Measuring user satisfaction level is a challenging task, and a critical component in developing large-scale conversational agent systems serving the needs of real users. An widely used approach to tackle this is to collect human annotation data and use them for evaluation or modeling. Human annotation based approaches are easier to control, but hard to scale. A novel alternative approach is to collect user's direct feedback via a feedback elicitation system embedded to the conversational agent system, and use the collected user feedback to train a machine-learned model for generalization. User feedback is the best proxy for user satisfaction, but is not available for some ineligible intents and certain situations. Thus, these two types of approaches are complementary to each other. In this work, we tackle the user satisfaction assessment problem with a hybrid approach that fuses explicit user feedback, user satisfaction predictions inferred by two machine-learned models, one trained on user feedback data and the other human annotation data. The hybrid approach is based on a waterfall policy, and the experimental results with Amazon Alexa's large-scale datasets show significant improvements in inferring user satisfaction. A detailed hybrid architecture, an in-depth analysis on user feedback data, and an algorithm that generates data sets to properly simulate the live traffic are presented in this paper.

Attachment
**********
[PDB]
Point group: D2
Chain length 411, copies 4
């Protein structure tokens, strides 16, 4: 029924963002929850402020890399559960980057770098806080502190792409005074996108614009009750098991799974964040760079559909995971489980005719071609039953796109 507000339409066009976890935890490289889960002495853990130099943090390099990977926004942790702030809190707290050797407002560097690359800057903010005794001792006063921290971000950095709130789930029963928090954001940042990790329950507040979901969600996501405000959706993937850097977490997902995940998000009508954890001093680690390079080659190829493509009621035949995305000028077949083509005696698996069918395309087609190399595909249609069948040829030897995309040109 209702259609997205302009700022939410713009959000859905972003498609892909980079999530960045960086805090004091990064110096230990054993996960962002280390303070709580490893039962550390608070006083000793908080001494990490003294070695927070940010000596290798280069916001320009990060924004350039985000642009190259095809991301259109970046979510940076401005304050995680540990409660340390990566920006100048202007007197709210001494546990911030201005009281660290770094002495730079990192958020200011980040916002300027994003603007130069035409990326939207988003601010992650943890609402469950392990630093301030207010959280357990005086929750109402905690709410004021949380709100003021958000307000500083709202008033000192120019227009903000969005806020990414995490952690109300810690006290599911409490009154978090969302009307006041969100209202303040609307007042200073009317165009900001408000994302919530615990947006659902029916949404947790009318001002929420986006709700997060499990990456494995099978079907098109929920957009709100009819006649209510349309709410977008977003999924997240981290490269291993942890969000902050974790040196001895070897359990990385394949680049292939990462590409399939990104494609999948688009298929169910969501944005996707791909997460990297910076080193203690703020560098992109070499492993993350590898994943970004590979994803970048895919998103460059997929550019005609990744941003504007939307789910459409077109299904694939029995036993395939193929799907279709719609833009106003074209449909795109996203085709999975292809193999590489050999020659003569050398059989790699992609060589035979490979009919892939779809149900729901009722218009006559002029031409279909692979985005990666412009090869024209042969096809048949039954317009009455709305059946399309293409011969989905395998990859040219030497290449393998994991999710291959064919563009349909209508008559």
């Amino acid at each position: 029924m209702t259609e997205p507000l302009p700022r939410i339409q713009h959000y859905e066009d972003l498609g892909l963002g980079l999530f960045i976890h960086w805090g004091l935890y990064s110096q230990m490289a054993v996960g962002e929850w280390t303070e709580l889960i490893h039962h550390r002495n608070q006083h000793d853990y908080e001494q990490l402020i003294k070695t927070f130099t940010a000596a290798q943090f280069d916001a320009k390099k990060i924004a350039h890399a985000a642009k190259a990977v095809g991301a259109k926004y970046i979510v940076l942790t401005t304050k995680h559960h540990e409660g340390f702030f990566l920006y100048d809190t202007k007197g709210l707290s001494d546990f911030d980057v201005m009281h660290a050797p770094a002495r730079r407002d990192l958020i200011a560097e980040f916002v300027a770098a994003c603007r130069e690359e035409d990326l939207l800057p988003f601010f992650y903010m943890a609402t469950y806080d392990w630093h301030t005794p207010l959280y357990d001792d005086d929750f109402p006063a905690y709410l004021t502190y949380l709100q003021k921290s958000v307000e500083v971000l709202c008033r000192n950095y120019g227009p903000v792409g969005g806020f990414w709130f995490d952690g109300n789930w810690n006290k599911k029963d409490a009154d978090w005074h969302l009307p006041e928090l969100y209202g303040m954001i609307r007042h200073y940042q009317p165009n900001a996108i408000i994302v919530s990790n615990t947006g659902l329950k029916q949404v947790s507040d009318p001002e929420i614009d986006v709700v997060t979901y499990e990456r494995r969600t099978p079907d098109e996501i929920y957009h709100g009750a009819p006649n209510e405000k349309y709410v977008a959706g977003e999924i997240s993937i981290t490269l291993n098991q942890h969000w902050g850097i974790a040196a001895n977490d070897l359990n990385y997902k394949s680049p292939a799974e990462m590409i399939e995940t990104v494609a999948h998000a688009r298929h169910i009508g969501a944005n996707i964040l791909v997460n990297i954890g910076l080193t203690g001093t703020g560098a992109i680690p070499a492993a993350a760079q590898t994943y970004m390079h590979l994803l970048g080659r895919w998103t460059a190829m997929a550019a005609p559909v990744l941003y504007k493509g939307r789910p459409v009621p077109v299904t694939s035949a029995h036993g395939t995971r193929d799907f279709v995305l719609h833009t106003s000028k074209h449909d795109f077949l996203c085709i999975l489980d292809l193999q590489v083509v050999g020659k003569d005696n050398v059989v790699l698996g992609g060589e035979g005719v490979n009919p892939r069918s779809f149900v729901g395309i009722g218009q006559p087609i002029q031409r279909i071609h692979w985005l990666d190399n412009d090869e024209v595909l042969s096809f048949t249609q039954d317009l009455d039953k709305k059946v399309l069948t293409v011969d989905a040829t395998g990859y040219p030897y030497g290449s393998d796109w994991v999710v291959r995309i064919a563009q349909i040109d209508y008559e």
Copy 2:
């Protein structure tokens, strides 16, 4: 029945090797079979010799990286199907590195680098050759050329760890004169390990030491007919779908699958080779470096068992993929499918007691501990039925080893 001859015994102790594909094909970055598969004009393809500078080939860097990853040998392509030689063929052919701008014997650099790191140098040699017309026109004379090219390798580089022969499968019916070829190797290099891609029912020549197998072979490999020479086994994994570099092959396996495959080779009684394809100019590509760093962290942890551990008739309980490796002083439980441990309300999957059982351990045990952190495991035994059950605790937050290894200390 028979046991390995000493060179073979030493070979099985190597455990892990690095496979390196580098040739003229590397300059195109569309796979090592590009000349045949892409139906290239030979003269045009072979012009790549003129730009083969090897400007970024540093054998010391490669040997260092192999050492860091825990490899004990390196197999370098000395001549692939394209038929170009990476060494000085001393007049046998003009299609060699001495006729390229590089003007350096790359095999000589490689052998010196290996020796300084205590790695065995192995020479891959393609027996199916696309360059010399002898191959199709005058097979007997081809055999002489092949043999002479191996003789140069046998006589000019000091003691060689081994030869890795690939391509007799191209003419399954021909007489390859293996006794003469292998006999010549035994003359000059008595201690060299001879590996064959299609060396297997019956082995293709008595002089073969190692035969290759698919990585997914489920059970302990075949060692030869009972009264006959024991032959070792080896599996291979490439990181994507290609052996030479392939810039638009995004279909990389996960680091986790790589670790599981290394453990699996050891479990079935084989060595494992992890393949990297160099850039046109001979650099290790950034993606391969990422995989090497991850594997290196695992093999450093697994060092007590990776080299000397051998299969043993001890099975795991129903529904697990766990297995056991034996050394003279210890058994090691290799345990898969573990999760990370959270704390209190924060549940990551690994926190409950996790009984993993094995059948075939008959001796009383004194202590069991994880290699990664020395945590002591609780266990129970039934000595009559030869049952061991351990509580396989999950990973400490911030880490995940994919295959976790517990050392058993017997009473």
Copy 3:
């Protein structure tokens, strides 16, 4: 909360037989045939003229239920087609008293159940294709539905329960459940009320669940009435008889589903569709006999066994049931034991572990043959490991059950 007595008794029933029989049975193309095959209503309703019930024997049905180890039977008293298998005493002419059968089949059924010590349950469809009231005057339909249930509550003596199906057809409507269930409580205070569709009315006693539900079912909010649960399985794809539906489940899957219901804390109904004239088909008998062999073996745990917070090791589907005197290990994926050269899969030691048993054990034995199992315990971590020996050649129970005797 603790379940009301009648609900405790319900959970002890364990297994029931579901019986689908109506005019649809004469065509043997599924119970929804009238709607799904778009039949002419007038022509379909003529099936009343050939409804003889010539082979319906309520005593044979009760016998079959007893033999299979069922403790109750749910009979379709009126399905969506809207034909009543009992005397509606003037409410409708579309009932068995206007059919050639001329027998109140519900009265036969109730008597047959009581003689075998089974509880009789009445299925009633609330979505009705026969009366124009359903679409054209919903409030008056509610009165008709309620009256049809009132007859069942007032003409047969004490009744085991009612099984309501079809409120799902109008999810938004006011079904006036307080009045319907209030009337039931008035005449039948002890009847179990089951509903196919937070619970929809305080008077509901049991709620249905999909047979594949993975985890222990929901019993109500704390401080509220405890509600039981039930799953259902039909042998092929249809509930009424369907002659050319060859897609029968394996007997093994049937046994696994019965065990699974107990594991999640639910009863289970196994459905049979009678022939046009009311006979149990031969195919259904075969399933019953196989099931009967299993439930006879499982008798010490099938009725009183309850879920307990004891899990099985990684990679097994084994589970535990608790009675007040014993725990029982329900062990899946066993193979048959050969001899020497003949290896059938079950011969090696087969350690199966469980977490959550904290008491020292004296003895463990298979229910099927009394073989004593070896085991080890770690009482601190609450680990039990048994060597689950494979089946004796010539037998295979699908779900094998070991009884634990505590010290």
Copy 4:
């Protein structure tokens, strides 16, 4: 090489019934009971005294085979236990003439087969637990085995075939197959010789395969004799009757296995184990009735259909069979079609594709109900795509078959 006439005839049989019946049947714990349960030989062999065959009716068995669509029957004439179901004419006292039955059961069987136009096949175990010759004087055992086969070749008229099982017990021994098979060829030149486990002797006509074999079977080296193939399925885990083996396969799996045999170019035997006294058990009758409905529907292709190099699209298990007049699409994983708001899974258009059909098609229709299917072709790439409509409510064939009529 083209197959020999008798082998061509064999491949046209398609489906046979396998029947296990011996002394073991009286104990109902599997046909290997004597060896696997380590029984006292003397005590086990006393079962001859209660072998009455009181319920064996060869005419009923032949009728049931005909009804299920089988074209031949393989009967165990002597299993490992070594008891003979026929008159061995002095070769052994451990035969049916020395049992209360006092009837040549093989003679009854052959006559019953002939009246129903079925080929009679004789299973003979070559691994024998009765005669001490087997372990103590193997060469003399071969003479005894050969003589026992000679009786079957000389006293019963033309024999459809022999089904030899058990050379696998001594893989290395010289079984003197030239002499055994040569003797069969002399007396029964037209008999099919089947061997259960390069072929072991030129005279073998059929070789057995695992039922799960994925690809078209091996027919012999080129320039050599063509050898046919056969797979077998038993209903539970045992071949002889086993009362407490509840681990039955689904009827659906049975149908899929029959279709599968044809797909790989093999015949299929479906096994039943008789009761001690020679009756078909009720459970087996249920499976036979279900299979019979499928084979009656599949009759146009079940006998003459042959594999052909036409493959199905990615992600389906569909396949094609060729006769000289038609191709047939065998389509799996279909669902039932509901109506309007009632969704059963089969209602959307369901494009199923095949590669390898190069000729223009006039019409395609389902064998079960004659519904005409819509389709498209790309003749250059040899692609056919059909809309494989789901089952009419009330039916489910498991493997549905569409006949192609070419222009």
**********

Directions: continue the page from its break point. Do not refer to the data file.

Knowledge distillation is typically conducted by training a small model (the student) to mimic a large and cumbersome model (the teacher). The idea is to compress the knowledge from the teacher by using its output probabilities as soft-labels to optimize the student. However, when the teacher is considerably large, there is no guarantee that the internal knowledge of the teacher will be transferred into the student; even if the student closely matches the soft-labels, its internal representations may be considerably different. This internal mismatch can undermine the generalization capabilities originally intended to be transferred from the teacher to the student. In this paper, we propose to distill the internal representations of a large model such as BERT into a simplified version of it. We formulate two ways to distill such representations and various algorithms to conduct the distillation. We experiment with datasets from the GLUE benchmark and consistently show that adding knowledge distillation from internal representations is a more powerful method than only using soft-label distillation.